Teaching In Socks


More words about the pictures; also, less pictures.
January 28, 2009, 5:23 pm
Filed under: Uncategorized | Tags: , , , , ,

Compared to last week, I really have nothing of supreme interest or intrigue to report. I didn’t almost faint anywhere in the past week, and any cultural faux pas I committed have yet to flourish into repercussions as of this writing..

On Sunday, I went to farewell party for another teacher in Himeji, and had quite a good time. I was introduced to a cornucopia of friendly, interesting Japanese people. The only notable setback of the evening was that the bar didn’t stock have any good Scotch in stock. Luckily, I was able to overcome, and like always, conquer adversity.

The weather was terrible on Monday, so I settled on an comfortably late wake up and hitting up the movie rental store for the first time. Usually I just grab something off the Itunes store and save myself the trip outside, but I wanted to grab something with subtitles so my Japanese friend could watch.

At my movie rental shop, the selection is pretty evenly divided between Japanese films and Foreign, Anglophone films. There’s a substantial selection dedicated ot American Television shows. I think this layout is pretty standard.  As you might imagine, the organization and categorization of Foriegn films is a bit of a farce–a defeating prospect to anyone searching out a particular title.

First, Alphabetizing is attempted, but it is a wasted effort. I foolishly spent twenty minutes trying to make sense of it all while looking for my favorite movie, Rushmore. I even considered that it might be alphabetized in Roman characters, but by the Hiragana alphabet this theory held no water. There would be spurts where “E” would follow “D” and maybe “M” sequenced into “N” only to be stonewalled by a slew of Jim Carey movies (alphabetized, nor arranged chronologically) before moving on the “S”. On the bottom shelf there were the mutts: a season of “Da Ali G” show, a Meg Ryan movie and multiple copies of every what I imagine (read: hope) is Police Academy movie ever made.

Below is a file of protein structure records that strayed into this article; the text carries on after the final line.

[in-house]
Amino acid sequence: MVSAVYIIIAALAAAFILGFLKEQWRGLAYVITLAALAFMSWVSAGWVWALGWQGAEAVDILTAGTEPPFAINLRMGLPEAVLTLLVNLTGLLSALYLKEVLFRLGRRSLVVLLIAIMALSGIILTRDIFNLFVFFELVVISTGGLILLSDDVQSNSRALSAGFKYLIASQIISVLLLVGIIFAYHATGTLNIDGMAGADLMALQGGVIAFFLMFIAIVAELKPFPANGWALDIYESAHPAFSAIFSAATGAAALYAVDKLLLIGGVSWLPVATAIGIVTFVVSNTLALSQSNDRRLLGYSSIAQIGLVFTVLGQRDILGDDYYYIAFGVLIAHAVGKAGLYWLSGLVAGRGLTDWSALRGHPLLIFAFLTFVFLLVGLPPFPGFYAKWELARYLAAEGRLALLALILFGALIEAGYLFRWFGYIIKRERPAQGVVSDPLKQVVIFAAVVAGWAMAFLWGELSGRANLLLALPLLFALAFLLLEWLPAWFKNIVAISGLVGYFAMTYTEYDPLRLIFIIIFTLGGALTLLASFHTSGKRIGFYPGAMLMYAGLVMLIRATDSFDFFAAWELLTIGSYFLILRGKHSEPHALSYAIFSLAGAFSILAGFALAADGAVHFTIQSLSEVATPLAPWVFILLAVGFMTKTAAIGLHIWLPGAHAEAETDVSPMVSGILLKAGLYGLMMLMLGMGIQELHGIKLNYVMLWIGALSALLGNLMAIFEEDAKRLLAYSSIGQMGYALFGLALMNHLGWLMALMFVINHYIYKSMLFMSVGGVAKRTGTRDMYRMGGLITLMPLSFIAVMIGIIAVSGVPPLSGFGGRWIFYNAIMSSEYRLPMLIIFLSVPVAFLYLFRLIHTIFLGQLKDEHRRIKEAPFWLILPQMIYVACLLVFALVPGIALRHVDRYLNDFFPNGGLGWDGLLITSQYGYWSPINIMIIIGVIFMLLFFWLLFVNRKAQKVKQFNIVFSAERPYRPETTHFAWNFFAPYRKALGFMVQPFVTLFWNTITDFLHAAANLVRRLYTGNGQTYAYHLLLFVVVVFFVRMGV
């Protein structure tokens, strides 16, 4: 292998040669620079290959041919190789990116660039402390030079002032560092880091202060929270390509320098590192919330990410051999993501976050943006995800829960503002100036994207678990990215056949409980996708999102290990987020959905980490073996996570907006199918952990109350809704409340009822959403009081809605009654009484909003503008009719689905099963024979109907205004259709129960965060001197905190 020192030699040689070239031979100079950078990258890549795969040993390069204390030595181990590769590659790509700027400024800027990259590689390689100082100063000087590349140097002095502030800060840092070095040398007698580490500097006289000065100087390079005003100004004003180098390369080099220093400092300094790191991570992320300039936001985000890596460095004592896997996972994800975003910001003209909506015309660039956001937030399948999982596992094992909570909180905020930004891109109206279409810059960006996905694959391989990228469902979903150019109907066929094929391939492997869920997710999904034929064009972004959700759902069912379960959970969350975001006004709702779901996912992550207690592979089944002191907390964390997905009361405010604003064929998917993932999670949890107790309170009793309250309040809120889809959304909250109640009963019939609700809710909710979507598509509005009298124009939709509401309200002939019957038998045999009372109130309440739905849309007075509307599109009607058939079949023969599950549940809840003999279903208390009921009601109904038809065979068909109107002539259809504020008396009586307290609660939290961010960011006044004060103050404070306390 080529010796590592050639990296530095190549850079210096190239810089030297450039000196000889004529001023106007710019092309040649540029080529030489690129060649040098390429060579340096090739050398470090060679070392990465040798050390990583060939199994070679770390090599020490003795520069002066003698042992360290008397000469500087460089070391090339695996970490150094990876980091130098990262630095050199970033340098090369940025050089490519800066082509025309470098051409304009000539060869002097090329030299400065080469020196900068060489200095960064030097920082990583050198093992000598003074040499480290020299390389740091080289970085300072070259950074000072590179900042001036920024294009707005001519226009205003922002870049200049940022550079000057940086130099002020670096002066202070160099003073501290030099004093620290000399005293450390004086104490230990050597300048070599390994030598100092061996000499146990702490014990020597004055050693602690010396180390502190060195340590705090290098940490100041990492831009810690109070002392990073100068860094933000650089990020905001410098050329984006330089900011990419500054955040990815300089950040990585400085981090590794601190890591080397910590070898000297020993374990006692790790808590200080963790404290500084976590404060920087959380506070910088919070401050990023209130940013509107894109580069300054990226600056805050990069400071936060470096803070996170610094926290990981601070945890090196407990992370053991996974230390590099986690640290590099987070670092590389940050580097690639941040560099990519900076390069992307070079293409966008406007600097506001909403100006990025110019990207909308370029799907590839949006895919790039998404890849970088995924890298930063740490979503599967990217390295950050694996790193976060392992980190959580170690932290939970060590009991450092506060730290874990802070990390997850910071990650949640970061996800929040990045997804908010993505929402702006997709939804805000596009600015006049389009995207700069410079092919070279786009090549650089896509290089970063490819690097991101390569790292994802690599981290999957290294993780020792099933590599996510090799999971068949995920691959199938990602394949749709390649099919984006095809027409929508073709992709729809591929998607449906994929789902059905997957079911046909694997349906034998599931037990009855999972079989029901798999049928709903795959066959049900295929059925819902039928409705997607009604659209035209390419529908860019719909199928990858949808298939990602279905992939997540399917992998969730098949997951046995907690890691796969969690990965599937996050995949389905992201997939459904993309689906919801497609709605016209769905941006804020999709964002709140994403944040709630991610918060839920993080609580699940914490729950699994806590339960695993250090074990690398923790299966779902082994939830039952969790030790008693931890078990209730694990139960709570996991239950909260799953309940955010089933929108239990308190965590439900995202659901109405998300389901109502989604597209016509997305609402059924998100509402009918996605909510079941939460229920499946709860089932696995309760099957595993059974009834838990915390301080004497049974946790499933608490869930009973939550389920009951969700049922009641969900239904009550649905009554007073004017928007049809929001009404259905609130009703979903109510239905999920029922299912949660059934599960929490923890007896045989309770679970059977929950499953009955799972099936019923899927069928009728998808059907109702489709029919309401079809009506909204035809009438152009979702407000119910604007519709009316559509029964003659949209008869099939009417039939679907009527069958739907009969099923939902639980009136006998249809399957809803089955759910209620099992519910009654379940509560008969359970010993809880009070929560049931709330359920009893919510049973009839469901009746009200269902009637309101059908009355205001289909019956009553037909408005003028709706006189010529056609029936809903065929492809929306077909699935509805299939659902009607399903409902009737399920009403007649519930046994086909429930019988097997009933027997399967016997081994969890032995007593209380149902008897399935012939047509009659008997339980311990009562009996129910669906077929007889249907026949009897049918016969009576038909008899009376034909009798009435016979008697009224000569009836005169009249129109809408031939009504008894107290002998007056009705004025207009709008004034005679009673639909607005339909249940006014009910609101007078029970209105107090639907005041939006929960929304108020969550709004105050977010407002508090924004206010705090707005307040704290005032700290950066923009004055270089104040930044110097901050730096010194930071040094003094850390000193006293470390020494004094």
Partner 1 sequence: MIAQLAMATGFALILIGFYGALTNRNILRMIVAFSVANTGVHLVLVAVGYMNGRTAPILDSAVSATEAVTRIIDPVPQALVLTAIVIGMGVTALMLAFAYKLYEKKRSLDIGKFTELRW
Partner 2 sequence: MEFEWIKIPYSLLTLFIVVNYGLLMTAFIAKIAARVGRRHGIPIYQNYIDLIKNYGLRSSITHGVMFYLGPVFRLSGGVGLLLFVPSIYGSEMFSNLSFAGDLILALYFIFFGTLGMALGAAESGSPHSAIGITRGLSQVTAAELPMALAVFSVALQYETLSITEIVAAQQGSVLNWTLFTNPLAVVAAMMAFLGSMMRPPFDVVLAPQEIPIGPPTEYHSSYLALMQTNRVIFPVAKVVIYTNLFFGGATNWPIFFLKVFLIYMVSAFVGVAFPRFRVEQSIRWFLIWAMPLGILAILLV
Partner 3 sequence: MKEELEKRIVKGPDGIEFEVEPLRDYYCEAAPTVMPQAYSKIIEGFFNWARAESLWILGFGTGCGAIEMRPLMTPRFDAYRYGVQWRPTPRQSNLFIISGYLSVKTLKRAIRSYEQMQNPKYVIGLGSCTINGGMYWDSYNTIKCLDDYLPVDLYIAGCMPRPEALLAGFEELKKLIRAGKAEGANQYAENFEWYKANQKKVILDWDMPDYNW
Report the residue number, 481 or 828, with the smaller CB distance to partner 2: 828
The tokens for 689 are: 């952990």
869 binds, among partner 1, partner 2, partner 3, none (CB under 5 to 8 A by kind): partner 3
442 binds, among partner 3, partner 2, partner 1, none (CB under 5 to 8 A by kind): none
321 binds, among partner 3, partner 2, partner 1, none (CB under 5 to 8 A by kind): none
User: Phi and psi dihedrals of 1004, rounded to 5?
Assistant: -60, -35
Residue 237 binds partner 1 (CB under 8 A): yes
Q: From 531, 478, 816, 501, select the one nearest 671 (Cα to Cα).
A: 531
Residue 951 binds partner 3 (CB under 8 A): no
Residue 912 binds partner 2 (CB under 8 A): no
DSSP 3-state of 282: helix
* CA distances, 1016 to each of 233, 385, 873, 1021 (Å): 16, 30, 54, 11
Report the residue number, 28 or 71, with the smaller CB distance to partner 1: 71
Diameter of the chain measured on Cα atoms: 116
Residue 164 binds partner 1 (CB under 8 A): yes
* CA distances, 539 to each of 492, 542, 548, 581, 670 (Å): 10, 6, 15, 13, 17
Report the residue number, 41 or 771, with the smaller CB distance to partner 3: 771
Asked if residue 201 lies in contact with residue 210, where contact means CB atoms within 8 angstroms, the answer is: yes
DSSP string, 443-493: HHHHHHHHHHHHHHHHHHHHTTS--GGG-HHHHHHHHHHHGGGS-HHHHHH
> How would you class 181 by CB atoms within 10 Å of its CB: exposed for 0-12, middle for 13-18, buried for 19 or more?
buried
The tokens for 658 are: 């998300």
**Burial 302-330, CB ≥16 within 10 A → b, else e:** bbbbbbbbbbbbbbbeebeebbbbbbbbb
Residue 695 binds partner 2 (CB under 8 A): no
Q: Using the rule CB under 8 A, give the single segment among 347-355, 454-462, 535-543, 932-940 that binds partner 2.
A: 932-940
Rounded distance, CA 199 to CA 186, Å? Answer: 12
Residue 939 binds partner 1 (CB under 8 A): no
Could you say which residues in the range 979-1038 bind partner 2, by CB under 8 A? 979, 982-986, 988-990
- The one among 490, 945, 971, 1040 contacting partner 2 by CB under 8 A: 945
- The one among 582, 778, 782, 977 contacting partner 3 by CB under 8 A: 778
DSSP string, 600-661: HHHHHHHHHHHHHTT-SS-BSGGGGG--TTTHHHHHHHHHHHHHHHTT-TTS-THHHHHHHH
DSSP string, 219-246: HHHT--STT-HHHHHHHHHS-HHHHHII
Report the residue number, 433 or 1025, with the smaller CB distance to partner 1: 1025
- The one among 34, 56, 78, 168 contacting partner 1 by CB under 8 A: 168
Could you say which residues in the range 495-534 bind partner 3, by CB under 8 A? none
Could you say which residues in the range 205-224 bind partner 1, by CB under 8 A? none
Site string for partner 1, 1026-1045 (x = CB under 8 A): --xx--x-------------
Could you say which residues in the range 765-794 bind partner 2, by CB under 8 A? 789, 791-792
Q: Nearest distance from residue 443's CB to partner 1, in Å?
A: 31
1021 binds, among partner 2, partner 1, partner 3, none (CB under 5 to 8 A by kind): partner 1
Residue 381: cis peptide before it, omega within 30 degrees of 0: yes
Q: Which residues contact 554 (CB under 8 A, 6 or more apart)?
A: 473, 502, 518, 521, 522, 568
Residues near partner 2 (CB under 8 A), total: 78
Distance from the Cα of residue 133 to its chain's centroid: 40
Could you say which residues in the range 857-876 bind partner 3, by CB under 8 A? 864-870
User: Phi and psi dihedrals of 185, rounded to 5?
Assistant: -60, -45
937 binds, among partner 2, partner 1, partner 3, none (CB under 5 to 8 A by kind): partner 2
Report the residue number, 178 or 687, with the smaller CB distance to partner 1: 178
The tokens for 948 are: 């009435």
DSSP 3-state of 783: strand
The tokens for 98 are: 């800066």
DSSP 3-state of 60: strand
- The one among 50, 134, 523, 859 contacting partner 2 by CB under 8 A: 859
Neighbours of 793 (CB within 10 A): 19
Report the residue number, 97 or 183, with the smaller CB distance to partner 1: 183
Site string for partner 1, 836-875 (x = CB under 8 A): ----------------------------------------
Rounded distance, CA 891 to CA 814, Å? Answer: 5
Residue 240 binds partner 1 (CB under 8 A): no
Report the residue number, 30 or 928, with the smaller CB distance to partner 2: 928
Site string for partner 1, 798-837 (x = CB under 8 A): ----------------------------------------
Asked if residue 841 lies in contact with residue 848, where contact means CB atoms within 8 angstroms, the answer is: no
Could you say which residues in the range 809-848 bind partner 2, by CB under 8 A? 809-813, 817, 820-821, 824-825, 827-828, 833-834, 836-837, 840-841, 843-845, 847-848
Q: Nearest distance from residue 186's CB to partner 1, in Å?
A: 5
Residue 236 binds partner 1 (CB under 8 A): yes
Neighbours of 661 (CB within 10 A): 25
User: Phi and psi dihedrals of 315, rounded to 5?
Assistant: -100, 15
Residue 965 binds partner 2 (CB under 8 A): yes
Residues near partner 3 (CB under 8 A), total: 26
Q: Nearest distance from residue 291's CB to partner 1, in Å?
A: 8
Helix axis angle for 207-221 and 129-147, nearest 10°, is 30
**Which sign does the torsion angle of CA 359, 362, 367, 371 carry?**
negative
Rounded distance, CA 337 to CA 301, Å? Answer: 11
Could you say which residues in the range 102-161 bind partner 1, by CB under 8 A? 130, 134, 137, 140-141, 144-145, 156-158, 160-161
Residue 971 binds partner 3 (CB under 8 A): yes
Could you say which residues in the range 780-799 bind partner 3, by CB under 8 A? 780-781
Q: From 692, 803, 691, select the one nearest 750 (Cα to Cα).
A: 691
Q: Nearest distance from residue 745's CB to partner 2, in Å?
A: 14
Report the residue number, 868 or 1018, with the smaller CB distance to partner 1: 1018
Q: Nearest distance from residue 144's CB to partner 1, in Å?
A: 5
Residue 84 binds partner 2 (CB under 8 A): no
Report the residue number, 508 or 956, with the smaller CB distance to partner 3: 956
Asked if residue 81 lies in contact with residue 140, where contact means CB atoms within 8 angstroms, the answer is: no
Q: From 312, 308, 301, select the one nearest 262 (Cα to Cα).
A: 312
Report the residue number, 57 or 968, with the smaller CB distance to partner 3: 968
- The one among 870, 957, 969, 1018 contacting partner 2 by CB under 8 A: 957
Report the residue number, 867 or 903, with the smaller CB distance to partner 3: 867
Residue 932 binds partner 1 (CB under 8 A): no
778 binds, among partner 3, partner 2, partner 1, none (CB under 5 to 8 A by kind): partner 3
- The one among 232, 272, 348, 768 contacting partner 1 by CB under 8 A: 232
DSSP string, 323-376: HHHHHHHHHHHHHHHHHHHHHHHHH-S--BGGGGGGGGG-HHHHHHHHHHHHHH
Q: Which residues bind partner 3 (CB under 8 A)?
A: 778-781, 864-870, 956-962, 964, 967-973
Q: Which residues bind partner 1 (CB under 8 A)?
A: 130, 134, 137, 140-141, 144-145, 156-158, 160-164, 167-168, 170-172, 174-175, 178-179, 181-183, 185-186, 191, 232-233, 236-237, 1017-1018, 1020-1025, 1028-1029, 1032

This was just the beginning of the labyrinth. The comedy and drama section were by virtue of misinterpretation, presumably by someone has a very serious sense of humor, interchangeable. The Shawshank Redemption was in the comedy section– a very dark comedy if you ask me.

In retrospect, It’s not surprising that both genres were also jammed back in the corner,  farthest from the entrance, and the least desirable shelf space by far. I can’t tell if it’s because the films are the least popular, or if because American Humor vs. American Drama binary is an entity the staff prefer to pretend doesn’t exist–like getting a “D” on a history exam and then refusing to acknowledge that the Crimean War  ever happened.

I could understand why a store or a worker might take this reaction. Especially when “Ace Ventura” and “Old School” were placed in the “Love Comedy” section. This is not entirely a misguided placement,  but designating these titles as “Love Comedies” could be viewed as someone’s interpretation of “love” as an entity that crude, sophomoric, and slapstick (wait, it’s not?). Frankly, I’m not sure which culture this would be an indictment against.

Despite the perplexing organization and the fact that I couldn’t even find one Bill Murray film, it wasn’t all chaos and entropy.

The “Foreign Horror” section seemed to carry an established logical sequence throughout the cannon. I wonder if this says something about the genre, Japanese culture, or that it was simply a product of the particular shelf they were on having more empty space, allowing an employee to keep things organized effortlessly.

They also had a rather impressive collection of French and German cinema, and a collection of older classics as well.The price was hard to eat as well. Three movies, for eight days, 700 yen (about $8). As long as the returns go down smoothly and they pass the litmus tets of not accusing me of “never returning Batman” (I’m looking at you Blockbuster) I won’t have to cut up my rental card in protest.

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